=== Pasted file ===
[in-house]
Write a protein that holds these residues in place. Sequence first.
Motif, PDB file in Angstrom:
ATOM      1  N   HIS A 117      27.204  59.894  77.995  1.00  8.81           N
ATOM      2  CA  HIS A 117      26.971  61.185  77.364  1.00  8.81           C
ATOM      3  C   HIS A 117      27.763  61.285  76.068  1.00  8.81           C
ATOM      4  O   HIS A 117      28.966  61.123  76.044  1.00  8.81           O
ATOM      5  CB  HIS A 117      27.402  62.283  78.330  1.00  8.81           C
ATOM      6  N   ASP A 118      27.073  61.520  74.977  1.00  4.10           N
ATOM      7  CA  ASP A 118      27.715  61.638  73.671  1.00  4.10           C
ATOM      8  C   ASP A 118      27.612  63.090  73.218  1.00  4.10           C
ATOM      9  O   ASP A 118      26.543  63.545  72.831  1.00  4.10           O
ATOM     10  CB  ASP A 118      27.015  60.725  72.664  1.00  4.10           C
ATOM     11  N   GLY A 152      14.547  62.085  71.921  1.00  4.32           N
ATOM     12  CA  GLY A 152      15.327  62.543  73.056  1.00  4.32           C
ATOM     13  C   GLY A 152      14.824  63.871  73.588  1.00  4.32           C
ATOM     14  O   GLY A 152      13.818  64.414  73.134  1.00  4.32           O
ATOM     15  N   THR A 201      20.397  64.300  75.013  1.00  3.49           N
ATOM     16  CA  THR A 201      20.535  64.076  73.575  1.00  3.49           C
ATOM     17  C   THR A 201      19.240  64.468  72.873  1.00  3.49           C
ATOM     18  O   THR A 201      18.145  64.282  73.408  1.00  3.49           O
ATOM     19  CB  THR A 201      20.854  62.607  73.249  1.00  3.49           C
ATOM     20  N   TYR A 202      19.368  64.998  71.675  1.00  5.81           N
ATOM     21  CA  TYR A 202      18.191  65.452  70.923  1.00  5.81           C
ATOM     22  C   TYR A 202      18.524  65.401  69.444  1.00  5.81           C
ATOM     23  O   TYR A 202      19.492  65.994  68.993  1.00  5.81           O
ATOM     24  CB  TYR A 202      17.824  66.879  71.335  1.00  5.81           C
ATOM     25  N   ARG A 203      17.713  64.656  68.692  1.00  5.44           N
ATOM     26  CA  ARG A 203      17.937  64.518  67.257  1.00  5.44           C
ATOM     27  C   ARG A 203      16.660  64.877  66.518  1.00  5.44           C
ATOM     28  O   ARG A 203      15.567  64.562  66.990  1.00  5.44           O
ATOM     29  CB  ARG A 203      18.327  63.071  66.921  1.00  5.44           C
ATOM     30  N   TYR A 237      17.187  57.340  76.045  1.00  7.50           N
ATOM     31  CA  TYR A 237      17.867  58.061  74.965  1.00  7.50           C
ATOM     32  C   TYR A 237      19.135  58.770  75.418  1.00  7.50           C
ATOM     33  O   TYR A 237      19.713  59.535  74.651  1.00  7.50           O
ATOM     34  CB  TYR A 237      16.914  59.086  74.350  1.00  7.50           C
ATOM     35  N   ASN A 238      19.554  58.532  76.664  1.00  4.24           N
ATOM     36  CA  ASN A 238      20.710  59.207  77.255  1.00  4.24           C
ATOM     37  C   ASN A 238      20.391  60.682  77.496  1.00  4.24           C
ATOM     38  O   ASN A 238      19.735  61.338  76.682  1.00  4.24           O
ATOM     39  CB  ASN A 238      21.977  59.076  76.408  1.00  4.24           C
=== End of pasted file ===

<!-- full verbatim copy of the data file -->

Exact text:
[in-house]
Write a protein that holds these residues in place. Sequence first.
Motif, PDB file in Angstrom:
ATOM      1  N   HIS A 117      27.204  59.894  77.995  1.00  8.81           N
ATOM      2  CA  HIS A 117      26.971  61.185  77.364  1.00  8.81           C
ATOM      3  C   HIS A 117      27.763  61.285  76.068  1.00  8.81           C
ATOM      4  O   HIS A 117      28.966  61.123  76.044  1.00  8.81           O
ATOM      5  CB  HIS A 117      27.402  62.283  78.330  1.00  8.81           C
ATOM      6  N   ASP A 118      27.073  61.520  74.977  1.00  4.10           N
ATOM      7  CA  ASP A 118      27.715  61.638  73.671  1.00  4.10           C
ATOM      8  C   ASP A 118      27.612  63.090  73.218  1.00  4.10           C
ATOM      9  O   ASP A 118      26.543  63.545  72.831  1.00  4.10           O
ATOM     10  CB  ASP A 118      27.015  60.725  72.664  1.00  4.10           C
ATOM     11  N   GLY A 152      14.547  62.085  71.921  1.00  4.32           N
ATOM     12  CA  GLY A 152      15.327  62.543  73.056  1.00  4.32           C
ATOM     13  C   GLY A 152      14.824  63.871  73.588  1.00  4.32           C
ATOM     14  O   GLY A 152      13.818  64.414  73.134  1.00  4.32           O
ATOM     15  N   THR A 201      20.397  64.300  75.013  1.00  3.49           N
ATOM     16  CA  THR A 201      20.535  64.076  73.575  1.00  3.49           C
ATOM     17  C   THR A 201      19.240  64.468  72.873  1.00  3.49           C
ATOM     18  O   THR A 201      18.145  64.282  73.408  1.00  3.49           O
ATOM     19  CB  THR A 201      20.854  62.607  73.249  1.00  3.49           C
ATOM     20  N   TYR A 202      19.368  64.998  71.675  1.00  5.81           N
ATOM     21  CA  TYR A 202      18.191  65.452  70.923  1.00  5.81           C
ATOM     22  C   TYR A 202      18.524  65.401  69.444  1.00  5.81           C
ATOM     23  O   TYR A 202      19.492  65.994  68.993  1.00  5.81           O
ATOM     24  CB  TYR A 202      17.824  66.879  71.335  1.00  5.81           C
ATOM     25  N   ARG A 203      17.713  64.656  68.692  1.00  5.44           N
ATOM     26  CA  ARG A 203      17.937  64.518  67.257  1.00  5.44           C
ATOM     27  C   ARG A 203      16.660  64.877  66.518  1.00  5.44           C
ATOM     28  O   ARG A 203      15.567  64.562  66.990  1.00  5.44           O
ATOM     29  CB  ARG A 203      18.327  63.071  66.921  1.00  5.44           C
ATOM     30  N   TYR A 237      17.187  57.340  76.045  1.00  7.50           N
ATOM     31  CA  TYR A 237      17.867  58.061  74.965  1.00  7.50           C
ATOM     32  C   TYR A 237      19.135  58.770  75.418  1.00  7.50           C
ATOM     33  O   TYR A 237      19.713  59.535  74.651  1.00  7.50           O
ATOM     34  CB  TYR A 237      16.914  59.086  74.350  1.00  7.50           C
ATOM     35  N   ASN A 238      19.554  58.532  76.664  1.00  4.24           N
ATOM     36  CA  ASN A 238      20.710  59.207  77.255  1.00  4.24           C
ATOM     37  C   ASN A 238      20.391  60.682  77.496  1.00  4.24           C
ATOM     38  O   ASN A 238      19.735  61.338  76.682  1.00  4.24           O
ATOM     39  CB  ASN A 238      21.977  59.076  76.408  1.00  4.24           C